UMass Amherst says the timing is sheer coincidence.
But the fact that the athletic department’s first “Pride Day” will take place when the Liberty University football team is in town Oct. 8 is receiving some scrutiny.
Liberty is the Jerry Falwell-founded Christian school in Lynchburg, Va., that explicitly prohibits and imposes stiff punishments for statements and behaviors associated with LGBTQ+ lifestyles.
So the “Pride Day” messaging should resonate extra loud, given the football team visiting McGuirk Stadium that day.
“We’re comfortable with it,“ said UMass athletic director Ryan Bamford Thursday. “This is very important to us, and we are going to highlight and celebrate all the magnificent ways that our campus is diverse and is inclusive.
“We are very proud of that at the University of Massachusetts, and we’re very proud of being a leader in our community and being a leader in Western Mass. and being a leader throughout the Commonwealth.”
The plans for a Pride Day preceded the pandemic but were waylaid until this season, and UMass, because of scheduling complexities that arise from it being an independent football team, had only five home dates.
With dates already fixed for Homecoming, Military Appreciation Day, Hall of Fame Celebration, and Family Weekend, Pride Day got slotted into Oct. 8 along with Band Day. It was unintentional, according to the university, that Liberty was the opponent.
A spokesperson from Liberty did not immediately respond to a request for comment.
Liberty’s Student Honor Code — “The Liberty Way” — makes no attempt to disguise the school’s intolerance of a wide array of behaviors. Besides premarital sex of any variety, “statements and behaviors that are associated with LGBT lifestyle are prohibited,” it reads. “For example, romantic displays of affection with a member of the same sex (e.g. hand-holding, kissing, dating, etc.) and actions confirming denial of biological birth sex (e.g. asking to be referred to by pronouns inconsistent with one’s birth sex, using restrooms and changing facilities reserved for persons other than one’s birth sex, etc.) are prohibited.”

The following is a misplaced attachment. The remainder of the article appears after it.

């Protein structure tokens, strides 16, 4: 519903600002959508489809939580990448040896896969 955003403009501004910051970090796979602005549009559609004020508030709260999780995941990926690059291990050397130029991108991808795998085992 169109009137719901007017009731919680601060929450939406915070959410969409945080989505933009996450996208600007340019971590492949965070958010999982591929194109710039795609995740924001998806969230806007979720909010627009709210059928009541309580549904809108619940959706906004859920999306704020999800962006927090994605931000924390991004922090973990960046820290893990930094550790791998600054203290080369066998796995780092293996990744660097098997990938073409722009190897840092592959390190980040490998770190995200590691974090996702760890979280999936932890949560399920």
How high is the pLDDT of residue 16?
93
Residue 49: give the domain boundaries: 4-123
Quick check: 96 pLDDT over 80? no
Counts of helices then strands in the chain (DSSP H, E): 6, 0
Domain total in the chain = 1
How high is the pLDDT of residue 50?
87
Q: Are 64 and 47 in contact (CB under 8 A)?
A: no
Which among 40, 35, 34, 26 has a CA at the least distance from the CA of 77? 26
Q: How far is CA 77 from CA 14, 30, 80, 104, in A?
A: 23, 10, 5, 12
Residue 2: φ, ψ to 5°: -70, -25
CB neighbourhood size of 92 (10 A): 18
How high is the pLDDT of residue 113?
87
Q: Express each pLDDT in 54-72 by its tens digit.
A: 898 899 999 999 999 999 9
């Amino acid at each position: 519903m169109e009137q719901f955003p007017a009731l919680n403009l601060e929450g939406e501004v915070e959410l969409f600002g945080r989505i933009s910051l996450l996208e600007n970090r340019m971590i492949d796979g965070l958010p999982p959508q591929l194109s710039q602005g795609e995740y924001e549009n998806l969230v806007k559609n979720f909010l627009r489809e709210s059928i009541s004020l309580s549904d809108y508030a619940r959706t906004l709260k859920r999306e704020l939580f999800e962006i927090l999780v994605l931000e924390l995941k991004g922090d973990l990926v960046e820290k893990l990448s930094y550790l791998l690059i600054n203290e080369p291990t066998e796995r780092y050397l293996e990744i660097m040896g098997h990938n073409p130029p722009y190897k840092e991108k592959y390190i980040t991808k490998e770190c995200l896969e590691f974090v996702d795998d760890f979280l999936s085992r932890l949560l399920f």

Those who violate the honor code are subject to sanctions ranging from counseling, community service, fines, and expulsion.
In the school’s doctrinal statement, qualities of compassion, kindness, humility, gentleness, patience, forgiveness, mercy, and justice are promoted along with upholding “chastity among the unmarried and the sanctity of marriage between one natural-born man and one natural-born woman.”
Examples of sinful acts include “denial of birth sex by self-identification with a different gender” and “romantic coupling among persons of the same sex.”
Working in conjunction with The Stonewall Center, UMass’s resource center for the LGBTQ+ community, the external operations staff of the athletic department has come up with a still-unfinalized list of Pride Day tributes. Among them will be honorary captains from Stonewall for the coin toss, videoboard announcements heralding campus and community LGBTQ+ resources, and coaches and bench personnel wearing apparel adorned with the Pride flag.
Leading up to the game, the department will hold student-athlete awareness and educational programming as well.
Bamford said the school’s intent is to make Pride Day an annual event, holding as much weight as any other themed football game, regardless of which opposing team is in town.
“I want folks to understand that from a university and an athletics department and a football standpoint, all the games that we play at home are important to what we’re doing at the University of Massachusetts and the ways that we highlight the contributions and celebrate our successes, celebrate our history,” said Bamford. “These are throughout all the themes, not just Pride Day. These are really important things that we weave into the game-day experience.”
Two former Liberty students are among the plaintiffs in a class-action lawsuit against the US Department of Education aimed to stop the department from granting exemptions to religious colleges that discriminate against LGBTQ+ students and still receive federal funding.
One former Liberty student, Lucas Wilson, identifies as a gay man who in his time at Liberty was struggling with his sexuality and wanted to become straight. On the “Religious Exemption Accountability Act, REAP” website about the lawsuit, Wilson said school-provided therapy provoked “repression, deep-seated shame, self-hatred.”
He also attended a “conversion therapy” session.
“This ‘opportunity’ is provided by Liberty as an alternative to disciplinary action,” wrote Wilson. “Queer students should be protected from the discrimination that I experienced at Liberty. No university that offers conversion therapy or treats LGBTQIA+ students the way Liberty University does should receive government funding.”
Mackenzie McCann, another plaintiff, lasted one semester at Liberty.
“Students at Liberty behave in homophobic and anti-queer ways because they know that they can do so with relative impunity,” wrote McCann. “Liberty’s culture enables such conduct and makes students feel like Liberty is backing them.”